We traveled to a city called Chichicastenango (Chichi for short) to celebrate New Year’s Eve and do some service at a school there. It sits 6,000 feet up a mountain and we spent a good two hours navigating precarious turns and cliffside roads. Sometimes the road was so vertical that I was terrified we were going to start sliding backwards. On the upside, the height offered a breathtaking view of Lake Atitlan and its surroundings. We stopped a couple of times to take it in and marvel at the beauty of creation. Finally we reached the town outside of the city were we were staying for the weekend.
We stayed at a school called Centro Educativo Anunciata, in the girl’s dormitory. Upon arriving, we were given a tour of the school and grounds. The students range from pre0schoolers to the equivalent of ninth graders. There are about 600 students total, include the 200 girls who board. The school is specifically for marginalized indigenous children and the sisters who run it will actually turn away students who do not fit this criteria. All the students pay whatever they can based on their family’s income. Some of the students do extra chores or work at the school to pay for their tuition.
The most powerful part of the tour was seeing the chapel. There were a bunch of beautiful murals painted by the
students. The main one, by the altar, depicted people from many different villages connected through the Eucharist and was a very powerful image. The others showed the events between the Assumption and the Crucifixion. While we were in the chapel, our chaperon began telling us about the most recent period of civil war in Guatemala. Religious men and women were being martyred left and right during this time. They eventually had to close the school and it was occupied by the army. The building that is now the chapel was used as a torture chamber. As soon as I heard this, my stomach turned over and I was horrified just thinking about what had happened there. But then I realized that something beautiful had been made out of this tragedy and that it is somehow appropriate for a church to be built on the blood of martyrs, sacrificed in imitation of Jesus.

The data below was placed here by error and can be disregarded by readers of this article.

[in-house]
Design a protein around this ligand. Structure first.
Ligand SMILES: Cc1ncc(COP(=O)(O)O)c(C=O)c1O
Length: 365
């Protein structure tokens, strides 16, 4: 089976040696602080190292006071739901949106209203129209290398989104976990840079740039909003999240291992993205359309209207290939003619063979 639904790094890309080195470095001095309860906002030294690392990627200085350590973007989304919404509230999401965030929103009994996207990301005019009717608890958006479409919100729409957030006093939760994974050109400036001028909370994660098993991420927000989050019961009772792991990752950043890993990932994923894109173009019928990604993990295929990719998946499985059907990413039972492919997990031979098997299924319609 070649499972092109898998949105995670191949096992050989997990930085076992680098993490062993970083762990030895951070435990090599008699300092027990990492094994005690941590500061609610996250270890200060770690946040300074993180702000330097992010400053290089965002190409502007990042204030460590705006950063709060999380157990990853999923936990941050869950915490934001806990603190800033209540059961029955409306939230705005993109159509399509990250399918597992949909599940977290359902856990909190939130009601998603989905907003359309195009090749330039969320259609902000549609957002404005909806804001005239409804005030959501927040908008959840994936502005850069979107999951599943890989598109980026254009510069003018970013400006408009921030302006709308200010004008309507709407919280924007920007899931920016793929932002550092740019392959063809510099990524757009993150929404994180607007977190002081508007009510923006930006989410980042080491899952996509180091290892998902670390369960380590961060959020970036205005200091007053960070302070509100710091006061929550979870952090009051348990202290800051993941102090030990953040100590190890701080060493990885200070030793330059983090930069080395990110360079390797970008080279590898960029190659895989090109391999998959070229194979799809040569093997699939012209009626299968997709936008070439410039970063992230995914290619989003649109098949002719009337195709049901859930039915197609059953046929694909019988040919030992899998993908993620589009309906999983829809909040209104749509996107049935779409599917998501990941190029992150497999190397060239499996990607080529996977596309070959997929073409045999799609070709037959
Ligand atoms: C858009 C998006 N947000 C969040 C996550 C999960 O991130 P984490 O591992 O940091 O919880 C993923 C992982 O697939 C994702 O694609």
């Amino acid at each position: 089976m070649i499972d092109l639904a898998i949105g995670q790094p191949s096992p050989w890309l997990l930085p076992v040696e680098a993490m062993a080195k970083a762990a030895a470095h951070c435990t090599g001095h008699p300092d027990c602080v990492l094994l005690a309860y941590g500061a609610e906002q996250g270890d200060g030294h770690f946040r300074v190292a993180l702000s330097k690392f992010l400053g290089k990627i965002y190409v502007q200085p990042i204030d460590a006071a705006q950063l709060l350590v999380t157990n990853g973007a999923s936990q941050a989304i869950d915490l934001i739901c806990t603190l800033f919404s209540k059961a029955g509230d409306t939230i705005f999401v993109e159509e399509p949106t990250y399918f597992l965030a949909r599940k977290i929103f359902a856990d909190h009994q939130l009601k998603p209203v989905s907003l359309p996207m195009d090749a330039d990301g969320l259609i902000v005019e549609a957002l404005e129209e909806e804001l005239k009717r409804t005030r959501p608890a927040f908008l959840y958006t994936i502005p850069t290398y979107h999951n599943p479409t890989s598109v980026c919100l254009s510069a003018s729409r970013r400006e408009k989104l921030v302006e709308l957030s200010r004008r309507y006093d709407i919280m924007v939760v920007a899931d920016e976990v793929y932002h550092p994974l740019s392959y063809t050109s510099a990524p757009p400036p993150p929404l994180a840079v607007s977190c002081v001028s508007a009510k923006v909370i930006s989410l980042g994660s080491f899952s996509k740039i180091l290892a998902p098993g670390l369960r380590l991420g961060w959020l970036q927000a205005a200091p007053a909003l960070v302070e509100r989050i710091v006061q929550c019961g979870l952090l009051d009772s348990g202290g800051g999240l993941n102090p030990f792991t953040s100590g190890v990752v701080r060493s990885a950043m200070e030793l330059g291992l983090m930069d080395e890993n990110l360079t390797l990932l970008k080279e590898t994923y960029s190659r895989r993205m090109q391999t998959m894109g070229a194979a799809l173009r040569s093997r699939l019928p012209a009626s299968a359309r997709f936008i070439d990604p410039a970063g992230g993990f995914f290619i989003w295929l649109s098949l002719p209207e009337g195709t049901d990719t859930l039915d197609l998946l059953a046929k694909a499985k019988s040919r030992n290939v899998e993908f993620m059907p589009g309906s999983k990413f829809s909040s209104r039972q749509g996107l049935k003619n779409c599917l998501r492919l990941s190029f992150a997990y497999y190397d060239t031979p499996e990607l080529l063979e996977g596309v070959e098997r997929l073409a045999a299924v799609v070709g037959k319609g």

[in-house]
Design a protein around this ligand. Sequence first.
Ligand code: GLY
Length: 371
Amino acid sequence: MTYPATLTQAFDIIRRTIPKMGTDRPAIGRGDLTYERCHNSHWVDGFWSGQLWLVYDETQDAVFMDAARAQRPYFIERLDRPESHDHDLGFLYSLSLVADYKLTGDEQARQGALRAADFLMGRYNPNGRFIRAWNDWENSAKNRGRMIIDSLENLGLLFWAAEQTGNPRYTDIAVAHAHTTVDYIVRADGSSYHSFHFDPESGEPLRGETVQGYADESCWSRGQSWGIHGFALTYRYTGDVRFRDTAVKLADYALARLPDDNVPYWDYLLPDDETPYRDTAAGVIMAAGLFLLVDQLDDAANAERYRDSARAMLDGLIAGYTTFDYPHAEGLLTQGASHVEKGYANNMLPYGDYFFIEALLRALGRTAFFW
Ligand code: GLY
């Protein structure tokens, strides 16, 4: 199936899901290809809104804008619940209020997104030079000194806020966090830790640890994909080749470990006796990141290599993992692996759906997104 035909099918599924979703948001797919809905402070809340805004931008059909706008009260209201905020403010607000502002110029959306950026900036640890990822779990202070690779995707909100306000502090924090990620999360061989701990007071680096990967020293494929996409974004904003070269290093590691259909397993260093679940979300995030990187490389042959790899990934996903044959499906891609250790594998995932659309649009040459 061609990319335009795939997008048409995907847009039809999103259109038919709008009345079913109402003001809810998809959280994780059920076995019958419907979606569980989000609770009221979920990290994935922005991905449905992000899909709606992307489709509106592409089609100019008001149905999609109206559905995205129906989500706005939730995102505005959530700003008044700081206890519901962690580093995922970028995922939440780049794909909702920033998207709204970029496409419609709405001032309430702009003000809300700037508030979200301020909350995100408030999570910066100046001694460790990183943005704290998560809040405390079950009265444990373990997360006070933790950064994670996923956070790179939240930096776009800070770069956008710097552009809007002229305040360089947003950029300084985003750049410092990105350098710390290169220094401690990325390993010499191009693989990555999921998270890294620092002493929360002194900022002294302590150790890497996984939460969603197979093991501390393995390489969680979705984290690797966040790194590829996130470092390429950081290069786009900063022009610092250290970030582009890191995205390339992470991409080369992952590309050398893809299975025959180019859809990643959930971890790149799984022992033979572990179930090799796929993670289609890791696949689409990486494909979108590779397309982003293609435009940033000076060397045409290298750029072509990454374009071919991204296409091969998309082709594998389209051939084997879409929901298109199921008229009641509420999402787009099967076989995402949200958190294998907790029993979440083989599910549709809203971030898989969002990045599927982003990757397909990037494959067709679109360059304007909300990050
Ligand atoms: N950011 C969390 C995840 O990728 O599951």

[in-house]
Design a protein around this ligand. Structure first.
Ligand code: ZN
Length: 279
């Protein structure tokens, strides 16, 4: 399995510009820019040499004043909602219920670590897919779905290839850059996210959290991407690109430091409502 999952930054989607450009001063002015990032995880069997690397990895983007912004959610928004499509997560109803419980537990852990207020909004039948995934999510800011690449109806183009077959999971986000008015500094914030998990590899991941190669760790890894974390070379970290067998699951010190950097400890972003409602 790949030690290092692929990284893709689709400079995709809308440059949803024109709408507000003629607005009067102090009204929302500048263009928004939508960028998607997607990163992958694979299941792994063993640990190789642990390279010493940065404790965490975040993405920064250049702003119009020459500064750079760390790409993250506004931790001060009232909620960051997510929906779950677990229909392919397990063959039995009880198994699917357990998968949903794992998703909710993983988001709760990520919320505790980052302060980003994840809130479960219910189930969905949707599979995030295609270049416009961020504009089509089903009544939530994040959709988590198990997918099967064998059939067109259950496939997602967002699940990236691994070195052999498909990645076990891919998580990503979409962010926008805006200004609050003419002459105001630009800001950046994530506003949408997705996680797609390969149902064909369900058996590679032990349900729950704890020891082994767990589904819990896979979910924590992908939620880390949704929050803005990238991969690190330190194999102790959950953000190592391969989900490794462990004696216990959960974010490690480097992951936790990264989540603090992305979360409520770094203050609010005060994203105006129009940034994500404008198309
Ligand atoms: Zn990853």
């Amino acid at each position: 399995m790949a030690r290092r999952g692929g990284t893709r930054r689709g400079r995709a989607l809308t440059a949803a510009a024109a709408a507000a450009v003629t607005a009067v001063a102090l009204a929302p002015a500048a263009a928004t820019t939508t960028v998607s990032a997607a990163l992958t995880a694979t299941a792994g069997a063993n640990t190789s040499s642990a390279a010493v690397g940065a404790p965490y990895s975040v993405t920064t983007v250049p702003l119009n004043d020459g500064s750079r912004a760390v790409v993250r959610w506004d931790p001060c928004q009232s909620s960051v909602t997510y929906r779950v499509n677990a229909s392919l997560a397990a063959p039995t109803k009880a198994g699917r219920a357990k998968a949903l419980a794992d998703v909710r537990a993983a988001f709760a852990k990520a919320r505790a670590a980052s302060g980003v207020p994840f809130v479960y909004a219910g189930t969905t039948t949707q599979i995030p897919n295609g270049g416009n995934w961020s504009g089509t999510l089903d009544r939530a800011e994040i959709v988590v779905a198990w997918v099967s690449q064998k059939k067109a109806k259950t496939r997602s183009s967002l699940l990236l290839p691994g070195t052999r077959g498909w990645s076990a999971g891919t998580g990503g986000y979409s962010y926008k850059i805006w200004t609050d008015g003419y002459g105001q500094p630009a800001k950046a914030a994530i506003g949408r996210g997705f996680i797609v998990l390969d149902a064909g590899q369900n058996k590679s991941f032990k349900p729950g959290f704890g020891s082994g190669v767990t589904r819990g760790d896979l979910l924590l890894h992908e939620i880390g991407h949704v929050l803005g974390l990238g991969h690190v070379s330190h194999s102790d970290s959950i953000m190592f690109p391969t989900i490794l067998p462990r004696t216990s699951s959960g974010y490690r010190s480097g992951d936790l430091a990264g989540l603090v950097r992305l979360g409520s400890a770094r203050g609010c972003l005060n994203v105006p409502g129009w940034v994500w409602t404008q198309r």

My mind and heart full of what I had experienced, next we we took a walk into town, which slowly turned into a hike up the rest of the mountain. As if we weren’t high enough already, we proceeded to climb to the highest point in Chichi called Pascal Abaj. There is a Mayan altar there and we happened to come down upon a Mayan Priest performing a ritual. The ritual was in thanksgiving for the old year and to welcome the new one. I felt awkward, like I was invading his privacy, but it was interesting to see. We were all standing reverently, when suddenly the priest’s cellphone rang. We were all shocked and tried our hardest not to laugh. To our surprise, he answered it! This broke the magical atmosphere and showed how much modern technology has invaded our world. It was a perfect, ironic picture of the meeting of traditions and the modern world.
Our first night in Chichi was New Year’s Eve and the Guatemalans definitely know how to celebrate. We had a traditional meal of tomales and a really thick, delicious hot chocolate. After this we went to Mass, which I was happy to be able to experience. We were literally the only white people in the church and a lot of people stared and pointed at us. Since Spanish is not the first language of the indigenous people, sometimes the priest would randomly switch to Quiche, the indigenous language, during Mass, which made it all the more confusing.
After mass, the sisters at the school, treated us to some fruit and dessert. We had another traditional New Year’s food – a hot punch with fruit such as pineapple, apple, coconut and raisins. It was good, but definitely took some getting used to. We sat around playing games and talking to the sisters as we waited for midnight to arrive.